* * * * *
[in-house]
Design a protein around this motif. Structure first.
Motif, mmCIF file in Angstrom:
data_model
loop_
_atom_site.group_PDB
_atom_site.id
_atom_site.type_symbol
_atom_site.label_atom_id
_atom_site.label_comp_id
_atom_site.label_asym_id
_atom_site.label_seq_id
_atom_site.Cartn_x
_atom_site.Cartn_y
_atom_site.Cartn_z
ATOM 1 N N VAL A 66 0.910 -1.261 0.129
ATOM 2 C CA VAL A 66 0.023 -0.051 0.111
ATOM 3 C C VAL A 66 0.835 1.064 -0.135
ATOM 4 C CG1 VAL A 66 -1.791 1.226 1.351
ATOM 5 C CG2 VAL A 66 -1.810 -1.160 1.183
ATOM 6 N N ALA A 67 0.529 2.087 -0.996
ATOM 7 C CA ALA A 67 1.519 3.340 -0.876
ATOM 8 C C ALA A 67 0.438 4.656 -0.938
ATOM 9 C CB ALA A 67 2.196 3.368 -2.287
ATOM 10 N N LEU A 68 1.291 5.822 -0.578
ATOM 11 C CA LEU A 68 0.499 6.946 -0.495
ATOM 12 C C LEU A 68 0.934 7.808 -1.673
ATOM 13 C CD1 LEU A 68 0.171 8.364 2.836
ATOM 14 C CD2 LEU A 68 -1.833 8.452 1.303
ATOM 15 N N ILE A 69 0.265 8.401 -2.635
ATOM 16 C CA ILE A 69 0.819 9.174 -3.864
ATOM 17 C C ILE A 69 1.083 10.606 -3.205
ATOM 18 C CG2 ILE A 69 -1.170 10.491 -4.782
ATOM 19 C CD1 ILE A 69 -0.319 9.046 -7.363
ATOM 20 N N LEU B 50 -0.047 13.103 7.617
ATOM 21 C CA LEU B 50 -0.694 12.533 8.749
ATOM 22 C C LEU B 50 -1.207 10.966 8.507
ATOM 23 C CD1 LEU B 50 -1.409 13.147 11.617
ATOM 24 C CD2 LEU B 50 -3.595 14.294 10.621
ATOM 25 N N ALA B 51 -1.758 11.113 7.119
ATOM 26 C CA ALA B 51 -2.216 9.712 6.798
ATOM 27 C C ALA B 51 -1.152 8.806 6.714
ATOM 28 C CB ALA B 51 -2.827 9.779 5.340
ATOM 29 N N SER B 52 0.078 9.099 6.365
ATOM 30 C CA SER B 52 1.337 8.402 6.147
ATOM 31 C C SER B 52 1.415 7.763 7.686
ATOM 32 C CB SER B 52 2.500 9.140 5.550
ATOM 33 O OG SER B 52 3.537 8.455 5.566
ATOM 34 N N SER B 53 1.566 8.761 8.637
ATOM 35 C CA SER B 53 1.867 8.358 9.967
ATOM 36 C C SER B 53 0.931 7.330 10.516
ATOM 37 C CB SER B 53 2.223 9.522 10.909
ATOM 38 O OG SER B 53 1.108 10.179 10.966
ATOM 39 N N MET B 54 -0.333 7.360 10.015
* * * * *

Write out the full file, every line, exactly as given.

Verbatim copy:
[in-house]
Design a protein around this motif. Structure first.
Motif, mmCIF file in Angstrom:
data_model
loop_
_atom_site.group_PDB
_atom_site.id
_atom_site.type_symbol
_atom_site.label_atom_id
_atom_site.label_comp_id
_atom_site.label_asym_id
_atom_site.label_seq_id
_atom_site.Cartn_x
_atom_site.Cartn_y
_atom_site.Cartn_z
ATOM 1 N N VAL A 66 0.910 -1.261 0.129
ATOM 2 C CA VAL A 66 0.023 -0.051 0.111
ATOM 3 C C VAL A 66 0.835 1.064 -0.135
ATOM 4 C CG1 VAL A 66 -1.791 1.226 1.351
ATOM 5 C CG2 VAL A 66 -1.810 -1.160 1.183
ATOM 6 N N ALA A 67 0.529 2.087 -0.996
ATOM 7 C CA ALA A 67 1.519 3.340 -0.876
ATOM 8 C C ALA A 67 0.438 4.656 -0.938
ATOM 9 C CB ALA A 67 2.196 3.368 -2.287
ATOM 10 N N LEU A 68 1.291 5.822 -0.578
ATOM 11 C CA LEU A 68 0.499 6.946 -0.495
ATOM 12 C C LEU A 68 0.934 7.808 -1.673
ATOM 13 C CD1 LEU A 68 0.171 8.364 2.836
ATOM 14 C CD2 LEU A 68 -1.833 8.452 1.303
ATOM 15 N N ILE A 69 0.265 8.401 -2.635
ATOM 16 C CA ILE A 69 0.819 9.174 -3.864
ATOM 17 C C ILE A 69 1.083 10.606 -3.205
ATOM 18 C CG2 ILE A 69 -1.170 10.491 -4.782
ATOM 19 C CD1 ILE A 69 -0.319 9.046 -7.363
ATOM 20 N N LEU B 50 -0.047 13.103 7.617
ATOM 21 C CA LEU B 50 -0.694 12.533 8.749
ATOM 22 C C LEU B 50 -1.207 10.966 8.507
ATOM 23 C CD1 LEU B 50 -1.409 13.147 11.617
ATOM 24 C CD2 LEU B 50 -3.595 14.294 10.621
ATOM 25 N N ALA B 51 -1.758 11.113 7.119
ATOM 26 C CA ALA B 51 -2.216 9.712 6.798
ATOM 27 C C ALA B 51 -1.152 8.806 6.714
ATOM 28 C CB ALA B 51 -2.827 9.779 5.340
ATOM 29 N N SER B 52 0.078 9.099 6.365
ATOM 30 C CA SER B 52 1.337 8.402 6.147
ATOM 31 C C SER B 52 1.415 7.763 7.686
ATOM 32 C CB SER B 52 2.500 9.140 5.550
ATOM 33 O OG SER B 52 3.537 8.455 5.566
ATOM 34 N N SER B 53 1.566 8.761 8.637
ATOM 35 C CA SER B 53 1.867 8.358 9.967
ATOM 36 C C SER B 53 0.931 7.330 10.516
ATOM 37 C CB SER B 53 2.223 9.522 10.909
ATOM 38 O OG SER B 53 1.108 10.179 10.966
ATOM 39 N N MET B 54 -0.333 7.360 10.015